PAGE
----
1) Do the things that you can get good at - the major error categories like S-V agreement, Modifiers, etc. - extremely well, and look for opportunities to use those first.

2) When you're down to a few remaining choices and it seems as though you can't use the major categories, then look at Logical Meaning and Clarity of Meaning - does the sentence make logical sense? Is there room for ambiguity and/or confusion? More often than not thinking logically is much more effective than is trying to break down sentences on a purely grammatical basis. I'd argue that using the words "gerund" or "participle" in your thought process on the verbal section is akin to multiplying a series of 3-digit numbers on the quant section - you could do it, but you're probably working too hard and overlooking an easier way (logic on the verbal; number properties on the quant).

I hope that helps...

Hi Brian, I am concentrating on the areas that you mentioned but every now and then i face a deadend when i come across a 700 level (or anything that is tough for me ) question on the gmat club/BTG. Most of the time i am not able to bracket such questions under any of the sections that you highlighted.
_________________

My Post Invites Discussions not answers
Try to give back something to the Forum.I want your explanations, right now !
Please let me know your opinion about the Chandigarh Gmat Centrehttp://gmatclub.com/forum/gmat-experience-at-chandigarh-india-centre-111830.html

Veritas Prep and Orion Instructor
User avatar
B
Joined: 26 Jul 2010
Posts: 266
Re: Charlotte Perkins Gilman, a late nineteenth-century feminist, called  [#permalink]

Show Tags

New post 24 Nov 2010, 14:41
2
I hear you...I'd just challenge you to look for ways to consider questions along these more-strategic lines and you'll get a much, much higher return-on-investment of your study time and energy that way. There IS a way to solve all valid GMAT SC questions using the big-picture error categories that you see everyone talk about on here and/or Logic/Clarity strategy. They may not admit it publicly for political reasons, but the people behind the GMAT laugh at what a mess the GRE is as a test, mainly because it focuses too much on more-or-less arbitrary "knowledge" and not enough on "reasoning". You can think your way through the GMAT...which is why it's a good test! How often in your career have you had to or been able to memorize your way out of a business situation?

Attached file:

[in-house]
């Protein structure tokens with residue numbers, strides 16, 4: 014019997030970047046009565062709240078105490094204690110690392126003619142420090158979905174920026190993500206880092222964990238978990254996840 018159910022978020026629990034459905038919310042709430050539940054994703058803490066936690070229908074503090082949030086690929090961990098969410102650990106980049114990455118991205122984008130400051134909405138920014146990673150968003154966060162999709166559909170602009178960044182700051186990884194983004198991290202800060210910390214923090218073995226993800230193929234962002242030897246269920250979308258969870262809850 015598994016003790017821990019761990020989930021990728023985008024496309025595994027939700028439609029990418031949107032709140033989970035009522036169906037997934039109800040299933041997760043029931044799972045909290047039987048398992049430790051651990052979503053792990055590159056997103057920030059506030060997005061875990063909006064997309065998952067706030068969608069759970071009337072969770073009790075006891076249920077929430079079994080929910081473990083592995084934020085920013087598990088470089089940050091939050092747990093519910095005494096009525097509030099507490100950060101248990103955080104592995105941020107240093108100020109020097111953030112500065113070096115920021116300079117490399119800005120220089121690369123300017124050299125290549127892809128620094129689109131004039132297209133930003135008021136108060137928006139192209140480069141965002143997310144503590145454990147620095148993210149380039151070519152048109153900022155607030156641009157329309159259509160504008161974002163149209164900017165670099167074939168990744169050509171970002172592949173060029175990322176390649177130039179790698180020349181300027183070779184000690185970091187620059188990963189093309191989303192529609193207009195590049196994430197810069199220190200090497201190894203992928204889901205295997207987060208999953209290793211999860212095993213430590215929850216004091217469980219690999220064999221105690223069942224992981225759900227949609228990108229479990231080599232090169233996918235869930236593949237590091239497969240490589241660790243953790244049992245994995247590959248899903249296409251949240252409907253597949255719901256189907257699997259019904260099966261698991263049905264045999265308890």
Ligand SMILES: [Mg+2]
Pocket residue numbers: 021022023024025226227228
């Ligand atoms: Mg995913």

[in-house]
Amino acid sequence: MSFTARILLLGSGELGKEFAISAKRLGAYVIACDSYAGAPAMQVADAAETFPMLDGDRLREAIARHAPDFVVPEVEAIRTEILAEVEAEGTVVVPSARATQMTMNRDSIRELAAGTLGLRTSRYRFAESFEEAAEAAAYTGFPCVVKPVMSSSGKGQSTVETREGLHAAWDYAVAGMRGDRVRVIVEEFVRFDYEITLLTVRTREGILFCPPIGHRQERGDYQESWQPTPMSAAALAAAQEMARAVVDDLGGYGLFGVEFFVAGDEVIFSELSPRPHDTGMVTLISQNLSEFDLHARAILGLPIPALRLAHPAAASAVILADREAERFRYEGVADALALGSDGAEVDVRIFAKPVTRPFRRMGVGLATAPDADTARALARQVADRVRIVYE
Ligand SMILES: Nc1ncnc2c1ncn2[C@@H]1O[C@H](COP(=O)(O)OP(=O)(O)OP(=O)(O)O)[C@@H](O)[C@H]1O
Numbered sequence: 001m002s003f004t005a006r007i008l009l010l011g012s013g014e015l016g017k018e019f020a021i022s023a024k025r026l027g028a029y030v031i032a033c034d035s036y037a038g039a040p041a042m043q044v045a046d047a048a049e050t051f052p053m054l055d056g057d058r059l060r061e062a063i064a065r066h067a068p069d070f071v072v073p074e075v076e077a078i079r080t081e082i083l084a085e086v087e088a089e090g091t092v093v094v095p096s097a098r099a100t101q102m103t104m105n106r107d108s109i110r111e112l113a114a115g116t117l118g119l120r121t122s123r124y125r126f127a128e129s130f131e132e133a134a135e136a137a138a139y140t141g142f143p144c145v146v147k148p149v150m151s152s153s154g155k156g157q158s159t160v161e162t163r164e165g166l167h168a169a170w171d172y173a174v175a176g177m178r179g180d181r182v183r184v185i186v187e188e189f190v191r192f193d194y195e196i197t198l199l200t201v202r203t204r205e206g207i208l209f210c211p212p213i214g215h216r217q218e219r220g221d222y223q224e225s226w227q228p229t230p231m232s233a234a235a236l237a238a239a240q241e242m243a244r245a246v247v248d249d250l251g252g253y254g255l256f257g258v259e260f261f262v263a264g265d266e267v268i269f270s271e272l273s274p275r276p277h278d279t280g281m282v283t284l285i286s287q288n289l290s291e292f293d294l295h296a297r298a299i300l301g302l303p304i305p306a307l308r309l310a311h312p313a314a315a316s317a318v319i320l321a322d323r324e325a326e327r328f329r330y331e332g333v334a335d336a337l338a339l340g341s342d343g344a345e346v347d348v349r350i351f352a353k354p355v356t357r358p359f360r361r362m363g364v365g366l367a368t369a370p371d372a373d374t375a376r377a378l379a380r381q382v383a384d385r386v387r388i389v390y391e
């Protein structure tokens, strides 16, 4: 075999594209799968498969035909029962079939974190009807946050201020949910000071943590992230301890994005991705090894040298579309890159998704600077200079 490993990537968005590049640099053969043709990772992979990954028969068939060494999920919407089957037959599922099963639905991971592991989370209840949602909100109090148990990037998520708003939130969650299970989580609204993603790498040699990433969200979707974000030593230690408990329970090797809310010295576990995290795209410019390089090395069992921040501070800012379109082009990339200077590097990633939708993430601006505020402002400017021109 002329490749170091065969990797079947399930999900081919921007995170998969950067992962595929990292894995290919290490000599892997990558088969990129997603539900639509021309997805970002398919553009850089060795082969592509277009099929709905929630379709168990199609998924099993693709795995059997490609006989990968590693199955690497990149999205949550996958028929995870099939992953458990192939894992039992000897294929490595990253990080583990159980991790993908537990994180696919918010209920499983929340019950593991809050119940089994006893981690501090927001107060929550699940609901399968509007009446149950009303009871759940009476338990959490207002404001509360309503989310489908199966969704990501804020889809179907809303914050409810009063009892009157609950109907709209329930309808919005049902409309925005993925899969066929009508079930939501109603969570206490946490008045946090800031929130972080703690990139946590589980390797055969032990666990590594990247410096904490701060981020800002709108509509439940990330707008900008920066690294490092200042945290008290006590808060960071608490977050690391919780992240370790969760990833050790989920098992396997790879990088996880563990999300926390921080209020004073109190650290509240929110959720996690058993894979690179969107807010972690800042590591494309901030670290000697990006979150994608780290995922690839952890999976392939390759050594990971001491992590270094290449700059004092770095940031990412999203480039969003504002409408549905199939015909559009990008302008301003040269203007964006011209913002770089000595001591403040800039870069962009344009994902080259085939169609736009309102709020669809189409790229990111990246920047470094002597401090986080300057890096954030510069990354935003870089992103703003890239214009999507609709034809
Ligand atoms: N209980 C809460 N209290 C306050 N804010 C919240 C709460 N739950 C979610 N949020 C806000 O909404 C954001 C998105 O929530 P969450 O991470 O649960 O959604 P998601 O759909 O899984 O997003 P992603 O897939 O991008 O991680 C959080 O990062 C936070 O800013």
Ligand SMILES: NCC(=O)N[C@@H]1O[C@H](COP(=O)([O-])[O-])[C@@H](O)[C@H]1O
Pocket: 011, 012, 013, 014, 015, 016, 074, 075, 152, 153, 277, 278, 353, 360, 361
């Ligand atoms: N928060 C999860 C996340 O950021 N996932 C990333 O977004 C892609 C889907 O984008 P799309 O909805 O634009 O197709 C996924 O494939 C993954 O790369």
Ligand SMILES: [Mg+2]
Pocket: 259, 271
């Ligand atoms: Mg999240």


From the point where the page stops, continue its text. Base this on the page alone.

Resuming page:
So...challenge yourself to find bigger-picture ways to solve these problems. And ask for those reasons on the forums here. It may be frustrating at first, but you'll start to see that there's definite strategy to Sentence Correction.
_________________

Brian

Save $100 on live Veritas Prep GMAT Courses and Admissions Consulting

Enroll now. Pay later. Take advantage of Veritas Prep's flexible payment plan options.

GMAT self-study has never been more personalized or more fun. Try ORION Free!

Veritas Prep Reviews

Manager
Manager
User avatar
Joined: 20 Jul 2011
Posts: 114
GMAT Date: 10-21-2011
Re: Charlotte Perkins Gilman, a late nineteenth-century feminist, called  [#permalink]

Show Tags

New post 07 Sep 2011, 10:48
2
3
Quote:
Charlotte Perkins Gilman, a late nineteenth-century feminist, called for urban apartment houses including child-care facilities and clustered suburban houses including communal eating and social facilities.

A) including child-care facilities and clustered suburban houses including communal eating and social facilities
B) that included child-care facilities, and for clustered suburban houses to include communal eating and social facilities
C) with child-care facilities included and for clustered suburban houses to include communal eating and social facilities
D) that included child-care facilities and for clustered suburban houses with communal eating and social facilities
E) to include child-care facilities and for clustered suburban houses with communal eating and social facilities included


Answer: D

Essentially, the sentence is saying: Charlotte Perkins Gilman, a late nineteenth-century feminist, called for urban apartment houses... and .........clustered suburban houses

Strike one: Parallelism - it should be 'called for...and for...' --> eliminate A
Strike two: Idiom - it should be 'urban apartment houses that ...' --> eliminate C and E
Strike three: it should be '[called for] clustered suburban houses with...' --> eliminate B
_________________

"The best day of your life is the one on which you decide your life is your own. No apologies or excuses. No one to lean on, rely on, or blame. The gift is yours - it is an amazing journey - and you alone are responsible for the quality of it. This is the day your life really begins." - Bob Moawab

Manager
Manager
User avatar
B
Joined: 16 Mar 2016
Posts: 129
Location: France
GMAT 1: 660 Q47 V33
GPA: 3.25
GMAT ToolKit User